At a microscopic level, CT26 cells of control mice produced voluminous tumors composed of cells growing in interlacing bundles or sheets and displaying numerous mitotic figures. Necrotic areas were prominent in the largest tumors (Figure 6A). Livers from mice treated either with TAK-779, or with mPDGFRβ vaccine, or with both, displayed fewer nodules than those of untreated animals and most of these lesions were smaller in size (Figure 6 B, C and D). The most sizeable lesions resembled CT26 control tumors with areas of necrosis and minimal leukocytic infiltration. The surrounding parenchyma often displayed areas of remodelling. In contrast, mice receiving the anti-CCL5 antibodies either as single-agent treatment or in combination with the mPDGFRβ vaccine clearly developed much fewer and smaller lesions than all other groups (Figure 6 E and F). In addition, the rest of the parenchyma was comparable to that of normal animals. At the time of sacrifice, lesions often featured necrotic tumor cells admixed with dense infiltrates. The most remarkable observations concerned small and medium sized nodules showing at their periphery the presence of bands of cells with dense round nuclei. CD45 immunostaining confirmed the presence of immunoreactive leukocytes at the interface with the healthy tissue and within the lesions (Figure 6 I and J) of liver sections from the anti-CCL5- and combined regimen-treated mice whereas considerably less CD45-positive leukocytes were detected on liver sections from control and vaccinated animals (Figure 6 G and H).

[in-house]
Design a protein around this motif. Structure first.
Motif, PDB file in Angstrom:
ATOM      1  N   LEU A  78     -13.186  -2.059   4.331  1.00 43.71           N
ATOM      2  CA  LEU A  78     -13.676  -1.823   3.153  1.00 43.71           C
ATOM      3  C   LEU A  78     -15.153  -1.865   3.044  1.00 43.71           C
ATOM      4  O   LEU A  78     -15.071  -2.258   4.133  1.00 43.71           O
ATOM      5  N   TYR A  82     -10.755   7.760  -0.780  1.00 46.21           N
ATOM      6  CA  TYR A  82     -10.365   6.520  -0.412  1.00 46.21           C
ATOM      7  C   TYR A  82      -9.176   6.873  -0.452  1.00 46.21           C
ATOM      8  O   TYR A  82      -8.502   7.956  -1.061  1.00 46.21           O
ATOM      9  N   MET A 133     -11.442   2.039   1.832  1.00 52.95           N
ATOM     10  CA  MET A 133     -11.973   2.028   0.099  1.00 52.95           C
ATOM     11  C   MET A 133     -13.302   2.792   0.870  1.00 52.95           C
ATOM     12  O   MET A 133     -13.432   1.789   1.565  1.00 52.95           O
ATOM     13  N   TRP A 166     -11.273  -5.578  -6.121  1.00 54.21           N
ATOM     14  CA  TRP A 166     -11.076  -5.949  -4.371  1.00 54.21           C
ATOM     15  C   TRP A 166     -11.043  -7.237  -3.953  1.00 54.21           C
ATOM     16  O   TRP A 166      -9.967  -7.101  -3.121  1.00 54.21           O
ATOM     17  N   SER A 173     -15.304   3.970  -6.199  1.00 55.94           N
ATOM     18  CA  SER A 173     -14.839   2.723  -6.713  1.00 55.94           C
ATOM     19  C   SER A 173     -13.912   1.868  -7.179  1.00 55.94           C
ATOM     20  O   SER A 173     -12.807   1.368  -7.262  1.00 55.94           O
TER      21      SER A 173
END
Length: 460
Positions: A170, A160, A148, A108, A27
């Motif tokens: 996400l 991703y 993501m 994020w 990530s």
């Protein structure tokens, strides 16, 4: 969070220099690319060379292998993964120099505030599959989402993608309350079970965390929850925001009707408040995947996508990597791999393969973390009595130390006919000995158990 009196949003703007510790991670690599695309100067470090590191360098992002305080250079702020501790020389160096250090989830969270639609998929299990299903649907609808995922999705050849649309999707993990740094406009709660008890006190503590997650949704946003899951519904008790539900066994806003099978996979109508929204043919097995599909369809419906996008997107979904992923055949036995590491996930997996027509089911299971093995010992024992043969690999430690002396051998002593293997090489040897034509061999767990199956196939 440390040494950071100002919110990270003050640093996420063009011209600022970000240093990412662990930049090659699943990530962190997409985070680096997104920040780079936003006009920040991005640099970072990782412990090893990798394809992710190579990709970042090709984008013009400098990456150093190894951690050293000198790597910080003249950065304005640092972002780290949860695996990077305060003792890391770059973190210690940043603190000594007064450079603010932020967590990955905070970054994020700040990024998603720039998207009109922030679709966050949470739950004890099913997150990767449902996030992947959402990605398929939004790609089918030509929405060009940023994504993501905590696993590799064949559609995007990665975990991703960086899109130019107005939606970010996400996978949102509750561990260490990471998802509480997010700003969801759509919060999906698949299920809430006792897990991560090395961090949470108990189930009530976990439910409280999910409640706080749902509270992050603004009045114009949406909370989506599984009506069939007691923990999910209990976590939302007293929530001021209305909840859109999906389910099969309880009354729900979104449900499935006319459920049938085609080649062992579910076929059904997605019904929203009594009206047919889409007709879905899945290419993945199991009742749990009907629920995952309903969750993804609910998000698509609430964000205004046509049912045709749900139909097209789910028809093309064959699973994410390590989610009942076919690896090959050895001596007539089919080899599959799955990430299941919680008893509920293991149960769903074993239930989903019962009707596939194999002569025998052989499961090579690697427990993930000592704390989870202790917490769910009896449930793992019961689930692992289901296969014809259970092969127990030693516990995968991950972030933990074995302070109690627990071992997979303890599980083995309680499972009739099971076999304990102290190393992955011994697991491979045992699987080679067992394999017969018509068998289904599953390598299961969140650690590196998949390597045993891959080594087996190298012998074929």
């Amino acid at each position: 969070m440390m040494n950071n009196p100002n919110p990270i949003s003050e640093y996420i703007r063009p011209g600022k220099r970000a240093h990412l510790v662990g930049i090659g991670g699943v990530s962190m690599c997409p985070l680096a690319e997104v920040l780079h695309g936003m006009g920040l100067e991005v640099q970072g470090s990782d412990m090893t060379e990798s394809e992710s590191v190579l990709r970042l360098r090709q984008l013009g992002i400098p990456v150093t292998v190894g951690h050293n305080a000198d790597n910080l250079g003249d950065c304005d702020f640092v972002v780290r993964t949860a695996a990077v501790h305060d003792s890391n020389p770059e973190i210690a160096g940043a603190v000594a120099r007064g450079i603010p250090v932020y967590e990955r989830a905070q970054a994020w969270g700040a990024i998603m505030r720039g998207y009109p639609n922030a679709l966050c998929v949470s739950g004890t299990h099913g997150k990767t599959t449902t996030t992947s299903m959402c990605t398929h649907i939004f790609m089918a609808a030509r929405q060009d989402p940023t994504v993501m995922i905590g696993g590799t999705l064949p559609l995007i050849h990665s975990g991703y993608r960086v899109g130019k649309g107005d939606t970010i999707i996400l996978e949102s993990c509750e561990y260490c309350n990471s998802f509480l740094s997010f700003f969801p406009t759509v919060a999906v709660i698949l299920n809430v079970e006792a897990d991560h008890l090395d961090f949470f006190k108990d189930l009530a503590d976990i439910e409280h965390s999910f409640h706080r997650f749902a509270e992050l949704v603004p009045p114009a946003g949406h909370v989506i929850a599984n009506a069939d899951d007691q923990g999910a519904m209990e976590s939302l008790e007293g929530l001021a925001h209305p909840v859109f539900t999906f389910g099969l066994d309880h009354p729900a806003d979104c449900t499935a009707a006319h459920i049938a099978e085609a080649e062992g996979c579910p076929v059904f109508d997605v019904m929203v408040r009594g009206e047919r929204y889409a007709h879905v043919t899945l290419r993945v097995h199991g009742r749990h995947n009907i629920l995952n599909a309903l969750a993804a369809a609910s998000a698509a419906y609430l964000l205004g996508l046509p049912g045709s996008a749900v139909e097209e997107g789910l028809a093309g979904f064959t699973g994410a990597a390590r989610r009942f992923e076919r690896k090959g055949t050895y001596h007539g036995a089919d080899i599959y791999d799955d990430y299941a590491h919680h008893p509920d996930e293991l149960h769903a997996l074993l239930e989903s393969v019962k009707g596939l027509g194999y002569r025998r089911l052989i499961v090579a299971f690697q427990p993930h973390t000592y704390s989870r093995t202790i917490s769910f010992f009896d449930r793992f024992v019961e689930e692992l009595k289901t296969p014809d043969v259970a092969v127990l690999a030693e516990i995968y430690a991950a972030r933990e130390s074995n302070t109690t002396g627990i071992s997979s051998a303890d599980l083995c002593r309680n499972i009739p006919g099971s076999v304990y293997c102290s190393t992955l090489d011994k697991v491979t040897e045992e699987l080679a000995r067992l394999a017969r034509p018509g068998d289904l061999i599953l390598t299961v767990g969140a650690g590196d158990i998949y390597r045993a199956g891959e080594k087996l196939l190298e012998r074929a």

(A–F) Liver histology was compared on sections of organs from CT26-challenged mice either untreated (A), or immunized with mPDGFRβ vaccine (B), or treated with TAK-779 (C), with TAK-779 plus mPDGFRβ vaccine (D), with anti-CCL5 antibodies (E) or with anti-CCL5 antibodies plus mPDGFRβ vaccine (F). T = liver tumors produced by CT26 cells; N = area of necrosis in a liver tumor; H = hepatocytes; Arrows indicate the presence of dense infiltrates at the interface with the healthy tissue and within lesions. (G–J) CD45-staining reveals immunoreactive leukocytes at the interface tumor-parenchyma and within hepatic lesions of anti-CCL5- (I) and anti-CCL5/PDGFRβ-treated mice (J) but less leukocytes within vaccinated mice (H) and almost no staining in untreated mice (G).